01:57 GMT +308 December 2019
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    Vietnamese Man Jailed for Six Years for ‘Anti-State’ Facebook Videos

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    A Vietnamese court sentenced a man to six years in prison Tuesday for making posts on Facebook considered “anti-state” by the ruling Communist Party.

    Nguyen Chi Vung, 38, was accused of “making and spreading anti-state information and materials,” Vietnam’s Ministry of Public Security said, according to a report by Reuters. The trial took place at the People’s Court of Bac Lieu province in the Mekong Delta region of southern Vietnam.

    Vung was accused of broadcasting 22 video livestreams on Facebook to “share distorted information” and “encourage people to participate in protests during national holidays.”

    The Ministry of Public Security’s statement also said that Vung will face two years of house arrest after his jail term ends. 

    Just a few days prior, a music teacher in the province of Nghe An was also convicted of spreading anti-state information and handed an 11-year prison sentence. Last week, government critic and journalist Pham Chi Dung was also arrested in Ho Chi Minh City for disseminating “anti-state” propaganda.

    New York-based activist NGO Human Rights Watch has blasted Hanoi for its “vaguely worded penal code provisions” it says the country uses “to crack down on dissent.”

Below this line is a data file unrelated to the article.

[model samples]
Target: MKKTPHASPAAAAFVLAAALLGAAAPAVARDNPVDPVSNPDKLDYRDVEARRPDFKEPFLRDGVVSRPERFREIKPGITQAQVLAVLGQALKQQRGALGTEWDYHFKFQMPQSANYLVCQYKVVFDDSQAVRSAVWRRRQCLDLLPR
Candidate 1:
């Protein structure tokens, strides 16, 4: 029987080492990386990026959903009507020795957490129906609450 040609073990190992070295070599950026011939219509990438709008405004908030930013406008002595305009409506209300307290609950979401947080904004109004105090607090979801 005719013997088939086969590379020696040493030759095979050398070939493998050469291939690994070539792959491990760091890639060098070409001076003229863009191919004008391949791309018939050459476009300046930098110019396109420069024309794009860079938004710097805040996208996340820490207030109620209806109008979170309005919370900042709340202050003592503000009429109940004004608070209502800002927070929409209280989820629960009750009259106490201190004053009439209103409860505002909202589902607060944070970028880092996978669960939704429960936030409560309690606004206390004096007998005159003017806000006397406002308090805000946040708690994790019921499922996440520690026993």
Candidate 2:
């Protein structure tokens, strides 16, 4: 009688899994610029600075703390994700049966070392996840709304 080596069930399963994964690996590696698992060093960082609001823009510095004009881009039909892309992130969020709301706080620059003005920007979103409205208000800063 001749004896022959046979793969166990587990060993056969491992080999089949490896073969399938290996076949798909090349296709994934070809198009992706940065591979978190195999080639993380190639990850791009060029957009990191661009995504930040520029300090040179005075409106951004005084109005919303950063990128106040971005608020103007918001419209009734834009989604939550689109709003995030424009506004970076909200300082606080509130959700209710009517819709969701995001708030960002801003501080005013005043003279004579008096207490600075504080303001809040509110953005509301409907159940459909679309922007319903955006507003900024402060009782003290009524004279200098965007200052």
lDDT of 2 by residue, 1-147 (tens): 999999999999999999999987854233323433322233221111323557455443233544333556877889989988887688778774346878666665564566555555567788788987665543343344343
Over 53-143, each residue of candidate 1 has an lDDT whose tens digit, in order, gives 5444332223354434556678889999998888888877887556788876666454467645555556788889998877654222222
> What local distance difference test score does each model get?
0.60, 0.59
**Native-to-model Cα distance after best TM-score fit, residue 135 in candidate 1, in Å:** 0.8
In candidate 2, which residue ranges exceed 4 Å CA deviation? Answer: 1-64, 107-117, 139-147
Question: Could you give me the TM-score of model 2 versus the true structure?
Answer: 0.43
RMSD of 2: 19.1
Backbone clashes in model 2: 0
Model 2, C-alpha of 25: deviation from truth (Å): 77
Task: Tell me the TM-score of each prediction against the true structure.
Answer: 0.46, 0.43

Examples of such provisions include “carrying out activities that aim to overthrow the people’s administration,” “undermining national great unity,” “conducting propaganda against the state” and “abusing the rights to democracy and freedom to infringe upon the interests of the state.” 

    Human Rights Watch also notes that Vietnam’s human rights “situation seriously deteriorated” in 2017, when at least 21 people were arrested by police for “critical speech and peaceful activism.”

    An August 2019 Reuters report also reveals that around 70% to 75% of the Vietnamese government’s requests to censor Facebook content were met compared to about 30% in previous years. Facebook also disclosed in May that it had “increased the amount of content to which it restricted access in Vietnam” by more than 500% in the second half of 2018.

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